2.8 M/F Sex Ratios
Eastern Grey Kangaroo sex ratio is given as “close to parity” (Coulson 1982 citing Kirkpatrick 1965 and Poole 1973).
Arnold et al (1991) studied Western Grey Kangaroos in WA, and provided a M/F ratio of 1:2 (ie 46 males to every 100 females).
The base chance of having a male or female young has been reported as depending on the “fitness and age of the dam” in Red Kangaroos (Bilton & Croft 2004); older female Red Kangaroos have been found to have higher proportions of male young.
ACT Parks and Conservation Service (1997) identified a M/F ratio of 1:2 in Eastern Grey Kangaroos at Tidbinbilla Nature Reserve.
Red Kangaroo M/F sex ratio is given as 0.46 (Pople & Grigg 1999).
Hacker et al (2004) provides M/F ratios for Western Grey Kangaroo, Eastern Grey Kangaroo and Red Kangaroo:
For the purposes of this nomination, pouch young sex ratios from Hacker et al (2004), being roughly parity (which was also concluded by Coulson, Kirkpatrick, Poole and Pople / Grigg above) are assumed to indicate the “natural” (pre-European) sex ratio in the various species of large macropod subject to this nomination.
This nomination also presumes roughly equivalent survivorship to adulthood between the sexes, however Dawson (1995) identifies that both Eastern and Western Grey Kangaroos seem to experience higher mortality in the males, with only 5% surviving to full maturity (c. 60kg) in the wild.
Shooting traditionally targeted male animals, and it is suggested that outlying M/F sex ratios above (Western Grey Kangaroo according to Arnold et al 1991, and Red Kangaroo (shot sample) according to Hacker et al 2004), may be artifacts of male bias in former culling / shooting programs.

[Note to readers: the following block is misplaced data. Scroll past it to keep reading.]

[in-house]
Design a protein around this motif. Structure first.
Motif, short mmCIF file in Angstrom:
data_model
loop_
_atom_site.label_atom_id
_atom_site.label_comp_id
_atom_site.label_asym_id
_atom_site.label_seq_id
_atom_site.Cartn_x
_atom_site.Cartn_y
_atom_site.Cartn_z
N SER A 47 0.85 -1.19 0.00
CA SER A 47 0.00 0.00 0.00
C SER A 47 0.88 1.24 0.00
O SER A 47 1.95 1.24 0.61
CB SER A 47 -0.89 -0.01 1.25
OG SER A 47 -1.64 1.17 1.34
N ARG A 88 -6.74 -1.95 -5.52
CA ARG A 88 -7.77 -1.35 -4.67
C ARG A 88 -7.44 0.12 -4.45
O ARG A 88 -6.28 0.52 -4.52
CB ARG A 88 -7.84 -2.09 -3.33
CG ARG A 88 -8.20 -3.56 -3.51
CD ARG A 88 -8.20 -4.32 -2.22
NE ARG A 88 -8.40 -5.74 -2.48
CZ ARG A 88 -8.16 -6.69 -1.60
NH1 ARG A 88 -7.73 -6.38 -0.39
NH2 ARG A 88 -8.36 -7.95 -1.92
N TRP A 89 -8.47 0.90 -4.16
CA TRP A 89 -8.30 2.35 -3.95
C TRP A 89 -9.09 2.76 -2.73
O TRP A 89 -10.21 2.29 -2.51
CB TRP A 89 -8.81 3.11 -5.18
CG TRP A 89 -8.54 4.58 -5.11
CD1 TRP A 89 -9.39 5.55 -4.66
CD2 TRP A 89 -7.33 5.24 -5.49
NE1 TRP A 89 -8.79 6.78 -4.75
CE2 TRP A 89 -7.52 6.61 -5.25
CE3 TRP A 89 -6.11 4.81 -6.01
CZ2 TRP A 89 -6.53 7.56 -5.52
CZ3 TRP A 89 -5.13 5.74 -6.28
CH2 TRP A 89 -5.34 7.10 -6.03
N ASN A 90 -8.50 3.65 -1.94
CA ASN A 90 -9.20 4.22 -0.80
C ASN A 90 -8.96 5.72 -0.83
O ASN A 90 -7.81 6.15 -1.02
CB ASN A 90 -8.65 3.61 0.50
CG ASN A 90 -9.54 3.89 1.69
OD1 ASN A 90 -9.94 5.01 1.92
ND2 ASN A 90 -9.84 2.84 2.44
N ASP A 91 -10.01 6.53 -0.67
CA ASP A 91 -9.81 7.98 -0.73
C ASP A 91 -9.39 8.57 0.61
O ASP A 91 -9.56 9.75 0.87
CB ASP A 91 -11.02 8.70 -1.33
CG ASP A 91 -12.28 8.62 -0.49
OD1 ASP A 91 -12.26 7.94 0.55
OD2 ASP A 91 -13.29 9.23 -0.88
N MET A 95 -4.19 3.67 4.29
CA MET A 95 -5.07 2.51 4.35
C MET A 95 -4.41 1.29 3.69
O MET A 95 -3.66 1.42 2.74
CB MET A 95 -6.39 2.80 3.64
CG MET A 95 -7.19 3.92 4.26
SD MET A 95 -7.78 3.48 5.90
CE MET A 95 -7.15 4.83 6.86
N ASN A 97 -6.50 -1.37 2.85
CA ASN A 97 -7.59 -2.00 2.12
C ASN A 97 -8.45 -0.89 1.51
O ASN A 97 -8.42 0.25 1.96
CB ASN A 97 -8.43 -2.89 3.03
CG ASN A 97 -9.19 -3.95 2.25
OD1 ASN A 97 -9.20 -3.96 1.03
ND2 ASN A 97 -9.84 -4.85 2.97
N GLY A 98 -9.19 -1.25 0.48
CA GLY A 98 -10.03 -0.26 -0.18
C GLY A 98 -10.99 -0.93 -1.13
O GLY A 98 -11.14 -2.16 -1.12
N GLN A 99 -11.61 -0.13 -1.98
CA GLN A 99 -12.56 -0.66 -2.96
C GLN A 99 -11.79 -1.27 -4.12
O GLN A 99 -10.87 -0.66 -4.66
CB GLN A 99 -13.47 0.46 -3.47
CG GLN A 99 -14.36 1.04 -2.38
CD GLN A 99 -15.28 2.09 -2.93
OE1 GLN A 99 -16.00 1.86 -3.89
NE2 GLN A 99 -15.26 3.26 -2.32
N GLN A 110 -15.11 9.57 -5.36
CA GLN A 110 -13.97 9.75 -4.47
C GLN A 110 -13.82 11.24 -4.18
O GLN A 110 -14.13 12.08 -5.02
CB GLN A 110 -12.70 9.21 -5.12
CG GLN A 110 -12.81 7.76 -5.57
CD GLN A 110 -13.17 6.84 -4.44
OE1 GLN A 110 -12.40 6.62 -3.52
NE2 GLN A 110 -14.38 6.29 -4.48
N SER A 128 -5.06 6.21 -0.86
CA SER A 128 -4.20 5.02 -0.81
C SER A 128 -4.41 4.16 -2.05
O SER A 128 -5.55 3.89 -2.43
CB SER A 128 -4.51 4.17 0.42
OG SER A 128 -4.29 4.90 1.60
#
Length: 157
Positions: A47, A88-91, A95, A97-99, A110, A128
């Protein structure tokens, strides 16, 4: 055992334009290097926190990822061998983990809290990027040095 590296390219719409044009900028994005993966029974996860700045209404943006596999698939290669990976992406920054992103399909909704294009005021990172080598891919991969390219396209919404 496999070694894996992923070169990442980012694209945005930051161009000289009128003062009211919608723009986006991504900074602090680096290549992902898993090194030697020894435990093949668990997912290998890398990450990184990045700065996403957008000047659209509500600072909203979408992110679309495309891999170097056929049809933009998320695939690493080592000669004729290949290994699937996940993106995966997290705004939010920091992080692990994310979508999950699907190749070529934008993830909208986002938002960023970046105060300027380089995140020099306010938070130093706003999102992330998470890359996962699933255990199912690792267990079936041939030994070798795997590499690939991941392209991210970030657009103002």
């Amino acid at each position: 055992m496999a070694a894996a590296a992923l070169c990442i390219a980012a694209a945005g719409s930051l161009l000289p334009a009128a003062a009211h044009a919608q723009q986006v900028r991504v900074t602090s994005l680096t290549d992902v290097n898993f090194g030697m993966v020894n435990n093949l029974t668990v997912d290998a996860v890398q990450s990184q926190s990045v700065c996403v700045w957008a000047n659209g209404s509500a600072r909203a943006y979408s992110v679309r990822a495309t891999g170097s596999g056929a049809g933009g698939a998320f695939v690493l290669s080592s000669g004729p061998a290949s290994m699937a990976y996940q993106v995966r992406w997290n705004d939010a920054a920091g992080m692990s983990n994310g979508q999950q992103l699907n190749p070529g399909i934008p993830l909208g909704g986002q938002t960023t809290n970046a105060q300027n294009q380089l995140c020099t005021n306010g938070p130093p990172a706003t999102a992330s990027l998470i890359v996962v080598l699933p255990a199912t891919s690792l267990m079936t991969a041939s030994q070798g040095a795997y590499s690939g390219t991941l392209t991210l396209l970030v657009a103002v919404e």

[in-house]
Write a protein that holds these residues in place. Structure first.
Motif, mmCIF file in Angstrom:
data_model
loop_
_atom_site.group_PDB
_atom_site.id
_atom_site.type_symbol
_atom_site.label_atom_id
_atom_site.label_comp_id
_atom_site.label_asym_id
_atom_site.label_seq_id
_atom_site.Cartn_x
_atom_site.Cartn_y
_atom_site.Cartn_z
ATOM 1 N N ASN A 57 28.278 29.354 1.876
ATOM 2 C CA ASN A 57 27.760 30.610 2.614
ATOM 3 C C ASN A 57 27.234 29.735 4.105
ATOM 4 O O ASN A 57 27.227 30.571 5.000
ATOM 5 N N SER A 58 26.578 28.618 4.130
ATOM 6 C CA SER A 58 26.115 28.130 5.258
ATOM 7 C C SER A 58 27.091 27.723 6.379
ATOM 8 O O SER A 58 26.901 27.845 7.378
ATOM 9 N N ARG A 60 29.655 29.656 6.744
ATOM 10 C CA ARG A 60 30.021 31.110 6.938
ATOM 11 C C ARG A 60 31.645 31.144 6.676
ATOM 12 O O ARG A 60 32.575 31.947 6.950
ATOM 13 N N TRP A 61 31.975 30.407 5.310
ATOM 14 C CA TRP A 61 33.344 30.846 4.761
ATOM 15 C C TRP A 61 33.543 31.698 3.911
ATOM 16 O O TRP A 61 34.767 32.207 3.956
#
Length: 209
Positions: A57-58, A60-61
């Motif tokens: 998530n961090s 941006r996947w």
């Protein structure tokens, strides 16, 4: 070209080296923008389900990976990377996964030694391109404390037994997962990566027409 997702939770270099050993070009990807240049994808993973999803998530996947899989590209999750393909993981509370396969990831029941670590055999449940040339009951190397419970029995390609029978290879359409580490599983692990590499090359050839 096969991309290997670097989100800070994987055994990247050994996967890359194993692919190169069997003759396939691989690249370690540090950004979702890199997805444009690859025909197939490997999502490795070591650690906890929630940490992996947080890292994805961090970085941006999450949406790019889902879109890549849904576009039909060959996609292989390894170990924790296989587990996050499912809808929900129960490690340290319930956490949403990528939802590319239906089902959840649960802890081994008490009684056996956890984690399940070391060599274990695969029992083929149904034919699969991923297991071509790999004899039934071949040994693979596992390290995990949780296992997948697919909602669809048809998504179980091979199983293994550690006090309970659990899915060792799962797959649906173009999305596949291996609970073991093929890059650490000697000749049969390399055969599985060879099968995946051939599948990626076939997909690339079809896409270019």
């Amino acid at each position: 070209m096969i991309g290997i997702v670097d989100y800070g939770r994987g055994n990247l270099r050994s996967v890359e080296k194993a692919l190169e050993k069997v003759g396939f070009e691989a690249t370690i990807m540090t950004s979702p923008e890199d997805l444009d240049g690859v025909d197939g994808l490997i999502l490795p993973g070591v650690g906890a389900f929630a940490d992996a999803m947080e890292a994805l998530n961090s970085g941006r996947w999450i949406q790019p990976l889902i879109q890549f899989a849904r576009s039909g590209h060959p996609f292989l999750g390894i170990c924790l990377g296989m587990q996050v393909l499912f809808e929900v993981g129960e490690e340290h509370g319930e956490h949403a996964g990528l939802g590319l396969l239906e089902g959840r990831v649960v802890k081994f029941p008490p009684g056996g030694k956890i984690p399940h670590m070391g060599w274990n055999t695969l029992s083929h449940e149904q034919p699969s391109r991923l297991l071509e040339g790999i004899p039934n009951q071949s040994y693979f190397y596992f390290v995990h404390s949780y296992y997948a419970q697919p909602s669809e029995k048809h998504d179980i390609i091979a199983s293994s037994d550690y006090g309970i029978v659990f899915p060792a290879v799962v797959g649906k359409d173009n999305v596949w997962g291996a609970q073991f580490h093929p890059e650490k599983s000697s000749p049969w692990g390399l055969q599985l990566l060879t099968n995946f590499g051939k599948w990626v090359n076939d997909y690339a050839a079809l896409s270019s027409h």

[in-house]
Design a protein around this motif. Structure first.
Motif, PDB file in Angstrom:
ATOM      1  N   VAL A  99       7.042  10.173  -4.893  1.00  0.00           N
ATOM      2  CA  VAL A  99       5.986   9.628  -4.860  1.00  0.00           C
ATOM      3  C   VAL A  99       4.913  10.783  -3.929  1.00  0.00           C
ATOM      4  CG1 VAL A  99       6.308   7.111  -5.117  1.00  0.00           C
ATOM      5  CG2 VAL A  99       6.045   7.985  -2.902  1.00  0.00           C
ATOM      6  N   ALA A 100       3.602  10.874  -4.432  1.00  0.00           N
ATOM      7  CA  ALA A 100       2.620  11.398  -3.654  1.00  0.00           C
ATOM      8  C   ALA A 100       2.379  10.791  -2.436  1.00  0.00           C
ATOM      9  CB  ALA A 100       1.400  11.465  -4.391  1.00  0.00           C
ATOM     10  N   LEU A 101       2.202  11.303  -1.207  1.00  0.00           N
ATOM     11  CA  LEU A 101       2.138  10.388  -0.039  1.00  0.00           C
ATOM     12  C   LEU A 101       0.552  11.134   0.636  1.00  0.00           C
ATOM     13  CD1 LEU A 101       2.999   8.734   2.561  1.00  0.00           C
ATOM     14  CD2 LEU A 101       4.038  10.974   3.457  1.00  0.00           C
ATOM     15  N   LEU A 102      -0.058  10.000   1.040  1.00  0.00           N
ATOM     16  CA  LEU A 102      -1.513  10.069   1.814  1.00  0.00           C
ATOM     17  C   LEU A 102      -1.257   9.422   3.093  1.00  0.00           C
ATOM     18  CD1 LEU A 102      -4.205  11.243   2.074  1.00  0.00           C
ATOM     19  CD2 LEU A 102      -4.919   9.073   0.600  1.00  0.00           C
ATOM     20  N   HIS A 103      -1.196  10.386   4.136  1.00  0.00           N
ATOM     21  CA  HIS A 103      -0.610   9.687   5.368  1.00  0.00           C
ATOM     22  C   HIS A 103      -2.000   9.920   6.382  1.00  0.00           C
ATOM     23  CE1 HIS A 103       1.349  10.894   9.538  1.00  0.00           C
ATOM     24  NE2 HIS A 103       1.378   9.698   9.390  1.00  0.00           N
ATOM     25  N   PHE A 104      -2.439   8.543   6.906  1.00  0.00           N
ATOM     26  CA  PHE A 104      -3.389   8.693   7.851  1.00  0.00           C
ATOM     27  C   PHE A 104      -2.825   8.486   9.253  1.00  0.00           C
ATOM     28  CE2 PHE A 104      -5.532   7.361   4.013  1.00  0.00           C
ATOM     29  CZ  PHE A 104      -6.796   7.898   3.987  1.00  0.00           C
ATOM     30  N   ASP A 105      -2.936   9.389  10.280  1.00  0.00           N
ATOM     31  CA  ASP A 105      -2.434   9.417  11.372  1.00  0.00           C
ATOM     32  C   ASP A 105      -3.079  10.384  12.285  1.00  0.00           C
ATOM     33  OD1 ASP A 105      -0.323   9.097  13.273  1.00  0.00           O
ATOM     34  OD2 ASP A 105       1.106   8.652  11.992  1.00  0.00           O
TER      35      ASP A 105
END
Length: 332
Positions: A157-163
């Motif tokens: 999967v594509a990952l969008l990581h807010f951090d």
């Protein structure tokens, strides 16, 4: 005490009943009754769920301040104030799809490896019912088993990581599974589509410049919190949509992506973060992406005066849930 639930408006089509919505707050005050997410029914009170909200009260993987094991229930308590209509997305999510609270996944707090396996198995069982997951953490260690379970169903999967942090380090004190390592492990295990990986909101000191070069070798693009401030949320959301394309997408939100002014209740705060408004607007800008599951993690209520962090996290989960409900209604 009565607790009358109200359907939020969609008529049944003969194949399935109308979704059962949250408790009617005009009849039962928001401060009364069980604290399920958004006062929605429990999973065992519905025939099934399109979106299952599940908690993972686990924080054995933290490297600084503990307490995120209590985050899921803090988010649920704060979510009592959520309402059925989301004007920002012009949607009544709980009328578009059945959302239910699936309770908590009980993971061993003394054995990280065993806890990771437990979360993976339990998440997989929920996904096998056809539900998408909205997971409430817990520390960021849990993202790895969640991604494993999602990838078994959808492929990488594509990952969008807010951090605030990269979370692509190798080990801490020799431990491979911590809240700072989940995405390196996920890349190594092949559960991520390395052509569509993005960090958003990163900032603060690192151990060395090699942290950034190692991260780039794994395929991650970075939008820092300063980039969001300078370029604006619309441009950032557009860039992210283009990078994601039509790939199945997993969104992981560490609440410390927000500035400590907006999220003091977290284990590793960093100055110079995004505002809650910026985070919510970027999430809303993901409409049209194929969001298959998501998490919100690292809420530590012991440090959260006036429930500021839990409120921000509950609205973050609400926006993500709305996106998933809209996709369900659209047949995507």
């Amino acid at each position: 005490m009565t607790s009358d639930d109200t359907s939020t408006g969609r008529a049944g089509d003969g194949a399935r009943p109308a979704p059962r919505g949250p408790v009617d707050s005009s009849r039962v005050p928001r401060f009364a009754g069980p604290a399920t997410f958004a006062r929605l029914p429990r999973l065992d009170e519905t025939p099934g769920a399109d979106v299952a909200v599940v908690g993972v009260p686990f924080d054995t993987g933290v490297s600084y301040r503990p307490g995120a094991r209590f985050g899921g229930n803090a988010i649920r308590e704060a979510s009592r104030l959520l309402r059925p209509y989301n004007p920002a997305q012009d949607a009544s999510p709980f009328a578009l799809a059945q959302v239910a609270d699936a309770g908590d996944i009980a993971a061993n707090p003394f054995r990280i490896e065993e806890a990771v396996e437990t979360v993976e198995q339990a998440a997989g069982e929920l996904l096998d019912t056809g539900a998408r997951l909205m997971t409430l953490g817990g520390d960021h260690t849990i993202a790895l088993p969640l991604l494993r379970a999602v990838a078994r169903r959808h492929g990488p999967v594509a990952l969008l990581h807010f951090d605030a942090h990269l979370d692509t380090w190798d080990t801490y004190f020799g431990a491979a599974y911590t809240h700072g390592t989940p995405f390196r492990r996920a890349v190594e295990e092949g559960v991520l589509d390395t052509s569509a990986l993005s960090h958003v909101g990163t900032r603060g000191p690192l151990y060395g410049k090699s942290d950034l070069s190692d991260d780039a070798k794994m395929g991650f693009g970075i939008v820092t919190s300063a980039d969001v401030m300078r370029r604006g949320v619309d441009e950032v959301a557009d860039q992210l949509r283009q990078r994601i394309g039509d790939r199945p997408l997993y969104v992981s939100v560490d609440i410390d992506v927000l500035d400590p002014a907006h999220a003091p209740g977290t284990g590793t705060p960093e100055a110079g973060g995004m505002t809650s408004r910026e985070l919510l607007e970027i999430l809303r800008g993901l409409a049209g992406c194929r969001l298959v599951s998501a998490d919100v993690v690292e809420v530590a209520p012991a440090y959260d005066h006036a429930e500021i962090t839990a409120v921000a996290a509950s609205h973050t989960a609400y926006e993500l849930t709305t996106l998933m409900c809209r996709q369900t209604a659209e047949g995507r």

Sex ratios are important in considering population growth rates – obviously if more young are female, a species is more able to recover from losses. However parity means that if a doe first conceives at 3 years of age, and has its first young to independence by 4.5 years of age (this assumes success in rearing, and ignores the very high reported juvenile mortality rates), 50% of the time it takes a minimum of 4.5 years for a doe to replace itself with a female offspring. If the doe has a male joey, it will be another 12 months before there is another 50/50 chance she will replace herself with another female.
2.9 Age Structure
From Driessen (1992), a paper on the effects of hunting and rainfall on populations of Bennetts Wallaby and Tasmanian Pademelon: …hunting had a direct effect on age structure of the two wallaby species
Given that the harvest targets the largest kangaroos, it is reasonable to assume that this likewise affects the age distribution of the large macropods. How do populations respond when the alpha males, and the mature females, with more experience and success at raising joeys, are shot?
Consider a hypothetical scenario:
If an Eastern Grey Kangaroo doe only raises its first joey to the pouch-emergent stage by 3.5 years of age, and finishes breeding at around 12 years of age, she is only likely to produce 8 young in her lifetime.
If 75% of joeys are likely to die, this leaves only 2 young to survive to adulthood. If the male female sex ratio is parity, only one surviving joey will be a doe, and on average the original female will only effectively replace herself once in her lifetime.
The author’s lecturer in population ecology, highly regarded wildlife researcher Dr Johannes Bauer, suggested that these sort of generalities with regard to reproduction are rarely replicated in the wild, and that application of averages (as in the hypothetical scenario above) is not necessarily valid (pers comm 2011). However this possible scenario must remain a matter of concern to the cautious manager.
Regardless of which, given the rates at which kangaroos are being destroyed, relatively “low” reproduction rates provide that it is no surprise that there are vast regions in NSW which seem to be almost completely devoid of kangaroos.